THE GOOD NEWS IS THAT A MAJORITY OF EVANGELICAL BLACK PASTORS IN THE USA DO
Most pastors serving at evangelical and historically black churches see some current events lining up with what Jesus said would happen shortly before His second coming, according to a new poll on Christian eschatology from LifeWay Research.
Over half believe Christ will return during their lifetimes. These sentiments were expressed in January before the prospect of a global pandemic became known.”
On Tuesday, the Southern Baptist polling research firm released results from from a phone survey, conducted between Jan. 24 and Feb. 11, of 1,000 senior pastors, ministers or priests who were randomly called from a list of evangelical and historically black churches in the United States.
90% of pastors see at least some current events “matching those Jesus said would occur shortly before He returns to Earth.”
56% of pastors either strongly or somewhat agreed with the statement: “I expect Jesus to return in my lifetime.”
24% said they were “not sure,” while 20 % either strongly or somewhat disagreed with the statement
97% of pastors said they believe Christ will return to Earth again.
The respondent pastors were asked to identify from a list whether they see certain “types of current events” as the “birth pains” that Jesus referred to when He was asked by His disciples when he would return.
79% of pastors surveyed agreed that one birth pain of Christ’s return is “traditional morals becoming less accepted.”
75 percent of pastors said that “the number of people abandoning their Christian faith” is a birth pain.
81 percent agreed that “the love of many believers growing cold” is also a birth pain of Christ’s return.
78 percent of pastors said “wars and national conflicts” are also a birth pain
76 percent agreed that “earthquakes and other natural disasters” are indicators of the second coming.
70 percent of pastors surveyed said that “famines” are another birth pain
The fear that the historic locust infestation taking place in East Africa right now could cause severe hunger and potential famine due to the destruction of crops is a good indicator this prophesied event is underway.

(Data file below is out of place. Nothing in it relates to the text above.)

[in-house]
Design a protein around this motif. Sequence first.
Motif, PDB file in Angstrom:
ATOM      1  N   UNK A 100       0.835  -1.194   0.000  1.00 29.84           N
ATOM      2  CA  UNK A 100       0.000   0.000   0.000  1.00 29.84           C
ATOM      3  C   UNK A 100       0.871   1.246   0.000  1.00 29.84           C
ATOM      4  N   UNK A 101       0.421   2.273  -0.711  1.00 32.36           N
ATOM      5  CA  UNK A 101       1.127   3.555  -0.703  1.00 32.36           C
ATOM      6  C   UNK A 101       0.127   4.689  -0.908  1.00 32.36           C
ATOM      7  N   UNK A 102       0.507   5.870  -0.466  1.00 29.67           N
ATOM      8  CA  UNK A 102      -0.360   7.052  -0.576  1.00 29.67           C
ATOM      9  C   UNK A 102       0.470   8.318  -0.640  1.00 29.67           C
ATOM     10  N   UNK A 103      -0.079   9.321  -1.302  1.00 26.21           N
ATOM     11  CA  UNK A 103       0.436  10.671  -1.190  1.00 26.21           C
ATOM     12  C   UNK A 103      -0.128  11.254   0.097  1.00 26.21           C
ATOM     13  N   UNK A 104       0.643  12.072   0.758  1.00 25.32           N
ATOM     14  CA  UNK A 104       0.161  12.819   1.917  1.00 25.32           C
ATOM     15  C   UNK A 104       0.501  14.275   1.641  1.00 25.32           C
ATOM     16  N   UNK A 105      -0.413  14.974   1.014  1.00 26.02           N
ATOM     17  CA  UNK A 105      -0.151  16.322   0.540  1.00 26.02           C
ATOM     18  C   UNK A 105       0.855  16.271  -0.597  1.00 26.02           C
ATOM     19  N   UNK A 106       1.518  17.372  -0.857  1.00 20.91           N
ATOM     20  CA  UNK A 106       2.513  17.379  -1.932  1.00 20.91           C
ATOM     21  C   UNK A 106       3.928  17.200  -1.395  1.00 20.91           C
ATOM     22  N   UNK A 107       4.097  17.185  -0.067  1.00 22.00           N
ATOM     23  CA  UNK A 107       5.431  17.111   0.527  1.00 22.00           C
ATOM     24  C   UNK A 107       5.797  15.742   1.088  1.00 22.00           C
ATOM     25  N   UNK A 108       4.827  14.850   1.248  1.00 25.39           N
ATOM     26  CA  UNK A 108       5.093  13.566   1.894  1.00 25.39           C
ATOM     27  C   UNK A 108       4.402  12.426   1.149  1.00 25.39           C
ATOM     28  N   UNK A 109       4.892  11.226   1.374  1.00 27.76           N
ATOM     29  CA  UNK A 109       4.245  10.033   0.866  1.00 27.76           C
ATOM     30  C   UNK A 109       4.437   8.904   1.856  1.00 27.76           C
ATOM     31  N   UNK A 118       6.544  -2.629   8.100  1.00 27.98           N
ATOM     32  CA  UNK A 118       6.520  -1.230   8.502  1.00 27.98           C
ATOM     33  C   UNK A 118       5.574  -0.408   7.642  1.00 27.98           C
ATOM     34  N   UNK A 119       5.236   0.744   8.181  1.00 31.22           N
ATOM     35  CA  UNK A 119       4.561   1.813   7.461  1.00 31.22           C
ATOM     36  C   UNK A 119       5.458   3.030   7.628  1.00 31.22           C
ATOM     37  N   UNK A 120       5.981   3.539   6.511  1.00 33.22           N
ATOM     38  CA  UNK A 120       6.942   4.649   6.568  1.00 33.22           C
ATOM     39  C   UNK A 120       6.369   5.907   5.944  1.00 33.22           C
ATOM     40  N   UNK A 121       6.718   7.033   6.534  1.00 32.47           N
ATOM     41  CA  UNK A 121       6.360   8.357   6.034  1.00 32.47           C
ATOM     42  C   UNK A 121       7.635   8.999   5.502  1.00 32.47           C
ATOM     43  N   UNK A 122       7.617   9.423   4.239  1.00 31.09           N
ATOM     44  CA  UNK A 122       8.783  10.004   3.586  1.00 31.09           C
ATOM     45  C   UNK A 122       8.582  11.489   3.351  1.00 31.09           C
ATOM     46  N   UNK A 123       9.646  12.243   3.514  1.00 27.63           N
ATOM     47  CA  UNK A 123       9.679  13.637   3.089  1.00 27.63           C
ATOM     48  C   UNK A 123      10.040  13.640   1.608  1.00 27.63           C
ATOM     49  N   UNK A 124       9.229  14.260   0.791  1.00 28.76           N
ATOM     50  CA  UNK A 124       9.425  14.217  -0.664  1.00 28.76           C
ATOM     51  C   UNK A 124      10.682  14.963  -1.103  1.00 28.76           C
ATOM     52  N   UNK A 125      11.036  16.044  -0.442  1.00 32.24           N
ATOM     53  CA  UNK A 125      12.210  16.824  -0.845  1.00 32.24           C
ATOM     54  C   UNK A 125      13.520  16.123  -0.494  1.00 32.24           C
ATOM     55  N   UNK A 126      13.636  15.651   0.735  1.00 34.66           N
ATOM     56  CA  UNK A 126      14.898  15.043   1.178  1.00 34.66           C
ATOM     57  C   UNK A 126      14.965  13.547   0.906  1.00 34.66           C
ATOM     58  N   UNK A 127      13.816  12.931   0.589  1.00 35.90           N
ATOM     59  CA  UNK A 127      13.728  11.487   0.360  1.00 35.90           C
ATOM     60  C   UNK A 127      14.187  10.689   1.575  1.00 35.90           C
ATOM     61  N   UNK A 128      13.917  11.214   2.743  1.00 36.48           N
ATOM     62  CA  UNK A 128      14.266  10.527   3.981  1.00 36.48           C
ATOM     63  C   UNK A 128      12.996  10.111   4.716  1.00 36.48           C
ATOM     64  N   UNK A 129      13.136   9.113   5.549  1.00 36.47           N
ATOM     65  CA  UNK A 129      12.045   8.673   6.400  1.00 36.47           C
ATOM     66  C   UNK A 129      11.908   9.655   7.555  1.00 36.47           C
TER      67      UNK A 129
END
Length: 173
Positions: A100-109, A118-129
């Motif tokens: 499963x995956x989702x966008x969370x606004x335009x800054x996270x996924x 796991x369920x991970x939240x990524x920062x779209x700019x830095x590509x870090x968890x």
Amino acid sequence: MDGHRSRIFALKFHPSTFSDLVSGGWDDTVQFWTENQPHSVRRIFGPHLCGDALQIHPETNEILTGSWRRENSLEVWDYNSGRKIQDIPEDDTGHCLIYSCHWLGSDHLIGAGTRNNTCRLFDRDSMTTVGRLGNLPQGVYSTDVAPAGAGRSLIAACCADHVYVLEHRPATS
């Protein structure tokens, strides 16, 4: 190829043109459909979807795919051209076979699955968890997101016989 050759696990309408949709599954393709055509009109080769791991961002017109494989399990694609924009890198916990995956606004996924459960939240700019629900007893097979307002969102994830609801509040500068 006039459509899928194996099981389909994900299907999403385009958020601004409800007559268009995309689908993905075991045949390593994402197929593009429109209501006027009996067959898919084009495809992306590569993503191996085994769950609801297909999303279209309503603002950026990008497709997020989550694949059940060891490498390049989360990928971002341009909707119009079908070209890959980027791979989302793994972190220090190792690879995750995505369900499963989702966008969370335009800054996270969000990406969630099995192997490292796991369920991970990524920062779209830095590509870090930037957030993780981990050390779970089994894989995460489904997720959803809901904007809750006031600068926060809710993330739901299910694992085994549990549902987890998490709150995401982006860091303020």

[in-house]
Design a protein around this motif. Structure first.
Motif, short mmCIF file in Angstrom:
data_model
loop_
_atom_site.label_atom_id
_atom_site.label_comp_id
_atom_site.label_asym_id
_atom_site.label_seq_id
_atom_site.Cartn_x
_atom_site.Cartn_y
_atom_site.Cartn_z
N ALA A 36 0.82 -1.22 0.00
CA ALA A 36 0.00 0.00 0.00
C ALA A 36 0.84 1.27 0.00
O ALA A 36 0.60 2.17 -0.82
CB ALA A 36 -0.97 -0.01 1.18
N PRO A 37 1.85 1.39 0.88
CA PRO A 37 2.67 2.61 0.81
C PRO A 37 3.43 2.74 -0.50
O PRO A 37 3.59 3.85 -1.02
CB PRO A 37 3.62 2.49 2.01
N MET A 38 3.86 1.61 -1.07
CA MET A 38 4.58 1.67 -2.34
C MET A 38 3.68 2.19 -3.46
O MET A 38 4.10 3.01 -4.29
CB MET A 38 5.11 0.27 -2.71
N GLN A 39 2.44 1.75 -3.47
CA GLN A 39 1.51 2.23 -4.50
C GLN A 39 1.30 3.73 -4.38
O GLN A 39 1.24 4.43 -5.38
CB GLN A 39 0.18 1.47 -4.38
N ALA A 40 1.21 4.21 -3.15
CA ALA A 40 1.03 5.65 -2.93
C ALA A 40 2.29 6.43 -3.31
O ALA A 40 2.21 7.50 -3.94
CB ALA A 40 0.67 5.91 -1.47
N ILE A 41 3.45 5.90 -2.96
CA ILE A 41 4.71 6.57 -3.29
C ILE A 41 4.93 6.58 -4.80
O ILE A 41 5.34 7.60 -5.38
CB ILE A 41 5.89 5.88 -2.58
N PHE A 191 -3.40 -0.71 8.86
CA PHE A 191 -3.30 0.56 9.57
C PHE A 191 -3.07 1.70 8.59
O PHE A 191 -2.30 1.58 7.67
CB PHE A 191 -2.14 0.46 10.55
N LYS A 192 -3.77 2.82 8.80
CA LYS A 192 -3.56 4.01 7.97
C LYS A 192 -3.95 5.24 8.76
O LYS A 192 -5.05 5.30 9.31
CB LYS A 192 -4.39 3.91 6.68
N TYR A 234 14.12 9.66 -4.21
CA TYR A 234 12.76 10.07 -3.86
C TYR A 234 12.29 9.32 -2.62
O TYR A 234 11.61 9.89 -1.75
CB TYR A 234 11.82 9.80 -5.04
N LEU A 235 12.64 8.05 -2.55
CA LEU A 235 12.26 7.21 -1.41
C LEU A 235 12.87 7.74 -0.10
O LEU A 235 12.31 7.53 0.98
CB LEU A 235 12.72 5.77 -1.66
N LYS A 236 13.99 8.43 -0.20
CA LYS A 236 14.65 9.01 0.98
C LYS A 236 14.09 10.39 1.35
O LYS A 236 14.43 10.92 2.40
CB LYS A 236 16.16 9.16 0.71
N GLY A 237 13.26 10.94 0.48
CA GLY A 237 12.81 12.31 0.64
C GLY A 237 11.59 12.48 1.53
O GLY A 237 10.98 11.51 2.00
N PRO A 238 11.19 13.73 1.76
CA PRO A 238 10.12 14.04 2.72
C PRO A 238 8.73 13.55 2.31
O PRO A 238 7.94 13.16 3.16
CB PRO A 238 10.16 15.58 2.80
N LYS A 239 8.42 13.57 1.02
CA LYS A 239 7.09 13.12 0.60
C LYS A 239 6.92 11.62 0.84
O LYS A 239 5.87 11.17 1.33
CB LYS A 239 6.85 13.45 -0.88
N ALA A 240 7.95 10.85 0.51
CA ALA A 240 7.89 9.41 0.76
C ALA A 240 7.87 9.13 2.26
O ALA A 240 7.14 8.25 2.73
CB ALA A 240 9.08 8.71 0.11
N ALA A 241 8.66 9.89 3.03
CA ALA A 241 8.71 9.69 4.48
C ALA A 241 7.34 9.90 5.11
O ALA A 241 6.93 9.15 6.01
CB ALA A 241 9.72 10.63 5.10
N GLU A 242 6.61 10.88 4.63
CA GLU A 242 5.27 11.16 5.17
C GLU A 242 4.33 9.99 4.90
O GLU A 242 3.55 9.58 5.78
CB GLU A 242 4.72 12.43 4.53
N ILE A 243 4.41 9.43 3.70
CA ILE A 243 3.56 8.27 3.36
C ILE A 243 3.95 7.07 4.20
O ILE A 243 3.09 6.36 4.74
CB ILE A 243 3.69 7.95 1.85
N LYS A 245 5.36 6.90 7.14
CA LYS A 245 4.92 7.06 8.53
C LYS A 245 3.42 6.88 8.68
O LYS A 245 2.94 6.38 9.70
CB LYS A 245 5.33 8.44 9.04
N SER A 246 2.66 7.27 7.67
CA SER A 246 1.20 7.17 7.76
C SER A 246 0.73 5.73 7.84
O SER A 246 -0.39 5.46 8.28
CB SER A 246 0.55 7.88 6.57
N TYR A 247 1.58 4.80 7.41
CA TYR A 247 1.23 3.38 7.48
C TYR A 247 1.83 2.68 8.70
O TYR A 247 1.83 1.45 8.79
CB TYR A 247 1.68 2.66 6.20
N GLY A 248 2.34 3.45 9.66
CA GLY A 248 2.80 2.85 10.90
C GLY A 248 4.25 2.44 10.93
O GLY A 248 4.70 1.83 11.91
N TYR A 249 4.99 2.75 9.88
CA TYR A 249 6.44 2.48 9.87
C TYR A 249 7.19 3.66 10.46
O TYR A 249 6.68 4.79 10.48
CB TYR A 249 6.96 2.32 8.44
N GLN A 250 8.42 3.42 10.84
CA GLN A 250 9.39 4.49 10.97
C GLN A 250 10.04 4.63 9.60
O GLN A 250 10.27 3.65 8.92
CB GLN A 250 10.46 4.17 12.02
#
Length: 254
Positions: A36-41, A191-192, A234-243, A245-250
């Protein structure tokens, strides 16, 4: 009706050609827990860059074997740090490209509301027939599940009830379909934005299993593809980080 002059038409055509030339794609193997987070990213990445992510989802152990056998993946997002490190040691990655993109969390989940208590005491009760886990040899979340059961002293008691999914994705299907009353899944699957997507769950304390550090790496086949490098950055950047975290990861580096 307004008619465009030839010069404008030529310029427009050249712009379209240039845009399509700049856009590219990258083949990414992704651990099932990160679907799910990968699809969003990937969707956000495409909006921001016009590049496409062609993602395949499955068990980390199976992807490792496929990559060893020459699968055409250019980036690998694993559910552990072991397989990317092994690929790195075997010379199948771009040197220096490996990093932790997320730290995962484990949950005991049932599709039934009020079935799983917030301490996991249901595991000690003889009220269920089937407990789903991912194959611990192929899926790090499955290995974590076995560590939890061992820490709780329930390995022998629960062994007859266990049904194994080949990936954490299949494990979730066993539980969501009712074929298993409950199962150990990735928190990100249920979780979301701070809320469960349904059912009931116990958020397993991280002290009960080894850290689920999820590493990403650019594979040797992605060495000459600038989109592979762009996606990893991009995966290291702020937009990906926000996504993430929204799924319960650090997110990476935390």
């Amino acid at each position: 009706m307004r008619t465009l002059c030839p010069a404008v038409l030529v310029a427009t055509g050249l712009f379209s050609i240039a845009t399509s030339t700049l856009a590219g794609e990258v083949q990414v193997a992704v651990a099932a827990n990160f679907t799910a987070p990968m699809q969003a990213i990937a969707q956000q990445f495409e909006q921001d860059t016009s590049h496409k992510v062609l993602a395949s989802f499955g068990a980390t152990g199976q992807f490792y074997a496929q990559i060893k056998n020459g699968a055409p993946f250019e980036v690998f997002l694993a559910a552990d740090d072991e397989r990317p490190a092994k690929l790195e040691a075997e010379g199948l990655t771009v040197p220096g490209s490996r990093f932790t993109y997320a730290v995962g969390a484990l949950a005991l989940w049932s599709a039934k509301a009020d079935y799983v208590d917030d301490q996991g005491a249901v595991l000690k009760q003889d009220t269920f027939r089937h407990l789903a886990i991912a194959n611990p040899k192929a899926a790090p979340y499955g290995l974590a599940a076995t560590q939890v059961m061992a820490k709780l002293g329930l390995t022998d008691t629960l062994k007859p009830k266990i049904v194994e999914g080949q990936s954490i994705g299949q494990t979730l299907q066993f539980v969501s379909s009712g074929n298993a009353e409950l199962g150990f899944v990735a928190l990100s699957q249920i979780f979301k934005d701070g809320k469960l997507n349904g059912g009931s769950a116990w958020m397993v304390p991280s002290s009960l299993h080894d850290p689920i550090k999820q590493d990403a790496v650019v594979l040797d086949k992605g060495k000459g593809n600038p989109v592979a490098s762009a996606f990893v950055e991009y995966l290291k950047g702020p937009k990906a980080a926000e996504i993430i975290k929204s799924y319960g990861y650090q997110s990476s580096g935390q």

63 percent of pastors surveyed said that “worldwide anti-Semitism” is another indicator that Christ’s return might be near.
83% of pastors surveyed agreed that the “rise of false prophets and false teachings” is a birth pain.
69% percent of pastors surveyed somewhat agreed that the “modern rebirth of the State of Israel and the re-gathering of millions of Jewish people show Christ’s return is closer.” Sadly, 27% indicated they either strongly or somewhat disagreed with that statement.
Eighty-six percent of pastors surveyed said they attended Bible college or seminary.
60 % of pastors surveyed said they believe the ideas of “premillennialism” best describe their views on the millennium described in Revelation 20, where it is said that Christ shall reign “a thousand years following His second coming.”
21% said that they believe more in the idea of “amillennialism” — the view that the “millennium is a symbolic way of describing the period between Christ’s ascension and second coming where Christ is reigning spiritually.”
9% said their beliefs align more with the theory of “postmillennialism,” which is the belief that the “the millennium is not a literal 1,000 years, but an era in which the world will gradually grow more Christian and just ending with Christ’s second coming.”
73% believe “Christ will return and reign in Jerusalem in fulfilment of God’s prophecies to King David.”
60% of pastors surveyed said they believe that teaching on Revelation and Old Testament prophecies is “important.” Meanwhile, 89 percent said that communicating the “urgency of Christ’s return” is also important.
“For too long many pastors have shied away from teaching on birth pains and events leading up to the second coming,” bestselling evangelical author Joel Rosenberg said in a statement. “But the current pandemic demonstrates the need for solid, non-sensational preaching done in a biblical manner.”
The LifeWay survey was sponsored by Chosen People Ministries, Alliance for the Peace of Jerusalem, Rich and Judy Hastings and the Hendricks Center at Dallas Theological Seminary. The research has a margin of error of 3.2 percentage points.